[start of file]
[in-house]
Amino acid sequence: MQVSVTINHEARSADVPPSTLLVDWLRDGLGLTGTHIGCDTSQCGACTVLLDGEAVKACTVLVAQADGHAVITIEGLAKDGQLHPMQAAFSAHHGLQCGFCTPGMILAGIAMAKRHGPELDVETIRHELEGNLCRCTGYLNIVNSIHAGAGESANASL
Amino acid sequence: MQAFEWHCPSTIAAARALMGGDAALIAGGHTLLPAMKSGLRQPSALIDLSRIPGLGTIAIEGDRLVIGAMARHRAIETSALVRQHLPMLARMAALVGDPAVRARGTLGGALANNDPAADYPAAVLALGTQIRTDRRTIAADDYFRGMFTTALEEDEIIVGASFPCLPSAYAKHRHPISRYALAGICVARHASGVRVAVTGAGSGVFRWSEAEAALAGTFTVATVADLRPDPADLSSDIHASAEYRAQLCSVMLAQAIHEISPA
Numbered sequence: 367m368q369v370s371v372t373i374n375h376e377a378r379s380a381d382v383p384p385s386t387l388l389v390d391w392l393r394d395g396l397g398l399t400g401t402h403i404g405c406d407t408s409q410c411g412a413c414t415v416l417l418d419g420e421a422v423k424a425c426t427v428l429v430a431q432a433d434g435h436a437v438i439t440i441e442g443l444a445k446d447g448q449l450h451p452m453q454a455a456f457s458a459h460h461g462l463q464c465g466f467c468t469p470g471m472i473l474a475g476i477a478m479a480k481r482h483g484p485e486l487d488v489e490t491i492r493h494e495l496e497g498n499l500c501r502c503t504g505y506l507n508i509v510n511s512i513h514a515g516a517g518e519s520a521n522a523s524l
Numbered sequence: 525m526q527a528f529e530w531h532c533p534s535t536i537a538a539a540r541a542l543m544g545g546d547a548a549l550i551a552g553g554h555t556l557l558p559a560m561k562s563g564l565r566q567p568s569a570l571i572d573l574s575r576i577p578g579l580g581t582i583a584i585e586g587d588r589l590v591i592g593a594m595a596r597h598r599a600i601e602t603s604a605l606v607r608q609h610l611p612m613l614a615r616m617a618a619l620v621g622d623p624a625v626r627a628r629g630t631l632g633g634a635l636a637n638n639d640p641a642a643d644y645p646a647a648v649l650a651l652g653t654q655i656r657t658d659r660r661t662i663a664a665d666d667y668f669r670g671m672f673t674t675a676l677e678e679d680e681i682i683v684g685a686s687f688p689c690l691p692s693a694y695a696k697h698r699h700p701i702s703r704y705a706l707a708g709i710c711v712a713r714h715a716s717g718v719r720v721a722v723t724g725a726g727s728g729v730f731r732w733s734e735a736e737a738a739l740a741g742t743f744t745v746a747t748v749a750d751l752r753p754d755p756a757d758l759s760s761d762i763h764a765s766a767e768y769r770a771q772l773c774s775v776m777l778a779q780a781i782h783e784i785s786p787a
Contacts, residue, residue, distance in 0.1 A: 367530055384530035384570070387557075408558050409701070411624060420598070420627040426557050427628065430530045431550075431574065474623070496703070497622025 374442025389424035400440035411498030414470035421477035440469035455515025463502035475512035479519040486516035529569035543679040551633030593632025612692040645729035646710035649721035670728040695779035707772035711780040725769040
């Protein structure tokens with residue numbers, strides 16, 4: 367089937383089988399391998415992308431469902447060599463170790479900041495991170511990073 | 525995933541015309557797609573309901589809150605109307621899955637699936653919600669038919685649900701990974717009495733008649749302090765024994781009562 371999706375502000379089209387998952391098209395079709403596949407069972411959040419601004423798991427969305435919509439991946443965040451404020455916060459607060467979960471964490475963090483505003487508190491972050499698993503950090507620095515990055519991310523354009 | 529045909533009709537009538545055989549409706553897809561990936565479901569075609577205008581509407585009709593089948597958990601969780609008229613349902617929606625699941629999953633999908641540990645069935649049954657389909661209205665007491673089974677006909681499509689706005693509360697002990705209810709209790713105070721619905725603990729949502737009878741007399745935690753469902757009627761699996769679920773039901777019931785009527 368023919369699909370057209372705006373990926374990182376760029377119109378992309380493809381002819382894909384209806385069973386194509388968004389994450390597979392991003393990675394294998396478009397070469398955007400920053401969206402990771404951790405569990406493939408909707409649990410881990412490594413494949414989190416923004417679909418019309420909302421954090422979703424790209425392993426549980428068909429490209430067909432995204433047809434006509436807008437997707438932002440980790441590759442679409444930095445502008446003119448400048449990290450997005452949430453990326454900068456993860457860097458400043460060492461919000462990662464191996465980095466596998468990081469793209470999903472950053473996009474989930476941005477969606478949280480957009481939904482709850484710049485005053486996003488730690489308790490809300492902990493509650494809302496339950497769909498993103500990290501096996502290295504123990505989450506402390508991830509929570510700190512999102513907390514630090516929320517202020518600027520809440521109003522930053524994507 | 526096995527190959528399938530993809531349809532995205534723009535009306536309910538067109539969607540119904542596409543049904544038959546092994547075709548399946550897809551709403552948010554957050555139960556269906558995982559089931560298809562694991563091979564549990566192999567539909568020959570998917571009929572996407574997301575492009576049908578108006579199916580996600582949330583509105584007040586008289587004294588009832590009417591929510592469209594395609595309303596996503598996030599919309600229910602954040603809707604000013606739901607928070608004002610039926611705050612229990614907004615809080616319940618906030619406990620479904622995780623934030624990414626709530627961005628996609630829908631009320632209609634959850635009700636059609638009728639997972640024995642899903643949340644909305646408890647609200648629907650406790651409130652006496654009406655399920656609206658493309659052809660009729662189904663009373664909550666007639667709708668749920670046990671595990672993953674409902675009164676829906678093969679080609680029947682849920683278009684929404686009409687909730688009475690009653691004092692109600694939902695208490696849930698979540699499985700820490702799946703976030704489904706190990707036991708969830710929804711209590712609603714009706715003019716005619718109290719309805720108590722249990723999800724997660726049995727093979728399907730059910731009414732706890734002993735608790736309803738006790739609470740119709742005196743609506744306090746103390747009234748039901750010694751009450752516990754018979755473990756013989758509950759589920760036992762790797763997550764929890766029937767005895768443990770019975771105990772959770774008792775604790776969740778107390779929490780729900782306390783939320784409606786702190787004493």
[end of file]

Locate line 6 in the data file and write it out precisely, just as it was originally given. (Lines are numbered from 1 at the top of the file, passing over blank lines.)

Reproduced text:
Contacts, residue, residue, distance in 0.1 A: 367530055384530035384570070387557075408558050409701070411624060420598070420627040426557050427628065430530045431550075431574065474623070496703070497622025 374442025389424035400440035411498030414470035421477035440469035455515025463502035475512035479519040486516035529569035543679040551633030593632025612692040645729035646710035649721035670728040695779035707772035711780040725769040